Horror in Advertising

Something you may not know about me is I’m a big fan of the horror genre, and if you’ve read any of my past articles you’ll know I’m very interested in advertising. So when the two come together it’s like ‘When Worlds Collide’ for me. I don’t think we see it enough so when a brand takes that leap of faith I’m always quite delighted, but delight aside, does it make for effective advertising?

Well clearly I think it does and I’ll explain why, firstly, it’s really quite memorable which is one of the main factors of effective advertising. Sure cinemas and streaming platforms are infested with poorly made horror films but seeing the genre in advertising is much more uncommon, and therefore memorable. This also adds a degree of uniqueness to a campaign which is key for effective advertising as well as branding, allowing you to stand out from the noise which is louder than ever.

Fear can also be a very effective seller, but genuine fear which some PSA style ads rely on can quickly get intense and unpleasant, and depending on what you’re trying to say or sell might not be the best route. I think ads that play into the horror genre always have a certain meta, self- referencial, tone to them which downplays the actual fear but still allows it to be present.

Recently I’ve seen more horror style ads which was what made me decide to write this, primarily VW’s latest campaign for their safety features where they had a very talented movie poster designer, Matt Ryan Tobin, turn common fears of driving into retro horror posters. As well as these posters there is also video content to accompany it which really hits the nail on the head when it comes to balancing horror and advertising.

Another recent example which I loved and can’t get enough of was the new Squarespace ad featuring the Count himself, Dracula. The reason I love this ad as much as I do is because it so wonderfully links this fantastical element with the actual product. There are multiple product shots that feel completely natural and the fact they’ve not just used this character for the sake of using him, but have used the story, and then pushed it a step further is great. I mean Dracula started a sunglasses brand because he can’t go in the sun, and he uses Squarespace to run his website. That’s absolutely brilliant.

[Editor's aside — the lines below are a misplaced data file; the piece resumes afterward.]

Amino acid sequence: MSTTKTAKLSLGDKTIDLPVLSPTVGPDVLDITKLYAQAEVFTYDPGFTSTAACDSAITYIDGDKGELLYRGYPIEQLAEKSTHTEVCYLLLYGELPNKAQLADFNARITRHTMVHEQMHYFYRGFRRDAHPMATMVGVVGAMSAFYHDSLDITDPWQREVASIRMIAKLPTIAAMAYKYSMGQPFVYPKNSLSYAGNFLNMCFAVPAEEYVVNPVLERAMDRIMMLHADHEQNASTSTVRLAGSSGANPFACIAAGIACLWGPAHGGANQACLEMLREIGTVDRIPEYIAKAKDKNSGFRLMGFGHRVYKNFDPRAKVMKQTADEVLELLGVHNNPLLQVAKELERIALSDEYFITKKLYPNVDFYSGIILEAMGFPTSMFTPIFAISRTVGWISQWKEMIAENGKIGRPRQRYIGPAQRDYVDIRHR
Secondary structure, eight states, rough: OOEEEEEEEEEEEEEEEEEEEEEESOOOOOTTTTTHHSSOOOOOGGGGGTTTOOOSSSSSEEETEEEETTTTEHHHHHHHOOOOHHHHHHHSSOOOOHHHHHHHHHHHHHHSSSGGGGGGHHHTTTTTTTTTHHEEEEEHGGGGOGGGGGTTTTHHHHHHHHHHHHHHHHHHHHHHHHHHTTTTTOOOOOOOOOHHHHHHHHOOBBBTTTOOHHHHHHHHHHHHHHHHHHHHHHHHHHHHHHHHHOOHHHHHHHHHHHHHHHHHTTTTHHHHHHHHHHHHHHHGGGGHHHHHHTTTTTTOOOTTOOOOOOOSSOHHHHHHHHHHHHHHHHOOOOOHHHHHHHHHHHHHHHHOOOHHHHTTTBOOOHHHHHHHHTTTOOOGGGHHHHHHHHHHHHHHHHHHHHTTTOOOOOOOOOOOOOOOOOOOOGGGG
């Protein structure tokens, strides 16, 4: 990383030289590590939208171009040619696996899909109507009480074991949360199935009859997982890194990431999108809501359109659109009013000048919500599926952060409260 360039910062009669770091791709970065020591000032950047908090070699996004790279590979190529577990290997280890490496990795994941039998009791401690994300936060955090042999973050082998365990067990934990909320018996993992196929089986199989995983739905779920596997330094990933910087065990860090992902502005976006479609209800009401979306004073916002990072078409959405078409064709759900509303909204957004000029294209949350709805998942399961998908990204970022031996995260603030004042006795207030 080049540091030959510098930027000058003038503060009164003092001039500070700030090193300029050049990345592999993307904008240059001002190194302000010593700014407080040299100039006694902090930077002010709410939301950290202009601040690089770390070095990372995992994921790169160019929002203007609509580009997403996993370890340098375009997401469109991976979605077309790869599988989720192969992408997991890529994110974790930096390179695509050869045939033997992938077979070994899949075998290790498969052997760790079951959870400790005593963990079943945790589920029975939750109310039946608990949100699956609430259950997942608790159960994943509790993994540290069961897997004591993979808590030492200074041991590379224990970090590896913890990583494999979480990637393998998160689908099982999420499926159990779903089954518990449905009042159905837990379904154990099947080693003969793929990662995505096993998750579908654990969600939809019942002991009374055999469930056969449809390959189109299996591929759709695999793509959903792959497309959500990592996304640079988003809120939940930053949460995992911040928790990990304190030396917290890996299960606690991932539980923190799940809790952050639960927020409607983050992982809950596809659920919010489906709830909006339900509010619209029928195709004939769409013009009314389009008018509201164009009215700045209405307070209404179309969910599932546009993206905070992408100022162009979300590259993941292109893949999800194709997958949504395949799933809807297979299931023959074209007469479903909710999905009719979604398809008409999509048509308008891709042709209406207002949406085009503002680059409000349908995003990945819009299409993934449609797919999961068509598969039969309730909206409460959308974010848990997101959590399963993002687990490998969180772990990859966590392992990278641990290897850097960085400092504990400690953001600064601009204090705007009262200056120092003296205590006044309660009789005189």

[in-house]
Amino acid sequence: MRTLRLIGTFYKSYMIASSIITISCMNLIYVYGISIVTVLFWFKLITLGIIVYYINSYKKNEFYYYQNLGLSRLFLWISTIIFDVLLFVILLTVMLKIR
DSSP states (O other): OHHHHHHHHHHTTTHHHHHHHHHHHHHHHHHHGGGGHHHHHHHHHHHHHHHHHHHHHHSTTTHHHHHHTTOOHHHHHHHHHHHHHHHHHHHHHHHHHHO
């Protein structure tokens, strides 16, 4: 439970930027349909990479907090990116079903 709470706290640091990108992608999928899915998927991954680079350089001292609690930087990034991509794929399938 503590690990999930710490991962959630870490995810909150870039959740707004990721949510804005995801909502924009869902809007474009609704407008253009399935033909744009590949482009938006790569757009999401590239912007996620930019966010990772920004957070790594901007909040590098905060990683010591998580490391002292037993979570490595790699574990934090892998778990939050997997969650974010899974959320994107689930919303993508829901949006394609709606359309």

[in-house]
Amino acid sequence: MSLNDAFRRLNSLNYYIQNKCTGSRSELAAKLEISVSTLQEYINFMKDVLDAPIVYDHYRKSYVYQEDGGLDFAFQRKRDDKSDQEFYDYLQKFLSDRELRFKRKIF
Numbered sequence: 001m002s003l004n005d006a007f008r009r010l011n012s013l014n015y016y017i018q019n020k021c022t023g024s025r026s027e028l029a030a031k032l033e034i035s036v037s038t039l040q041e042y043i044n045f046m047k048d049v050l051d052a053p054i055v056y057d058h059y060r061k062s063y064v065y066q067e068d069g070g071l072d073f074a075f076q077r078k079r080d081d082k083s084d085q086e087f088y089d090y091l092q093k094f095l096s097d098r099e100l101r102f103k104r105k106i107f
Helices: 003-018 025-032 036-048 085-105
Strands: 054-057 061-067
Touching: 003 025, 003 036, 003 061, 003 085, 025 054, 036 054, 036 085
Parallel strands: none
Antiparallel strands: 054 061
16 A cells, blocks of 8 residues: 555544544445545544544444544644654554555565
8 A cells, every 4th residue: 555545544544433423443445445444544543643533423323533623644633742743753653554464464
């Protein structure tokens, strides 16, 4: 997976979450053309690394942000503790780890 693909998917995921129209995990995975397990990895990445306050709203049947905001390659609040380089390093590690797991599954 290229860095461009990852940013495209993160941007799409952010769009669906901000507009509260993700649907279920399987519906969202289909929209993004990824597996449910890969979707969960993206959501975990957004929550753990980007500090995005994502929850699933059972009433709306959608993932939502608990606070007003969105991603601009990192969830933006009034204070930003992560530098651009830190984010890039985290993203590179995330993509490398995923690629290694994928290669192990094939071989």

One last example from a couple of years ago was Heinz’s Superbowl ad which does not play into just one horror trope but four! Using a four-way split screen we see horror tropes play out but they all have a happy ending because there’s Heinz on the table.

So I can’t simply sing praises for this whole article, so what are some cons? Well it could potentially put off audiences if they don’t like eerie or scary atmospheres, if a child accidentally sees an ad like this it could put them off for a good while. As well as this one could argue if not done well these types of ads could get too far away from the actual product or service and leave the audience confused by the end. These are problems I think this style of ads could face, but I think when the campaign is well thought out and executed they are definitely avoidable.

In conclusion, I obviously really like this trend in advertising, and I seem to be seeing it more frequently recently which is great. I know I’m a little biased but I genuinely think there are a number of benefits to this style and it can create really effective advertising, and I’m happy to see more brands taking the leap to give it a chance. I look forward to hearing what your thoughts are…

Travis Usher

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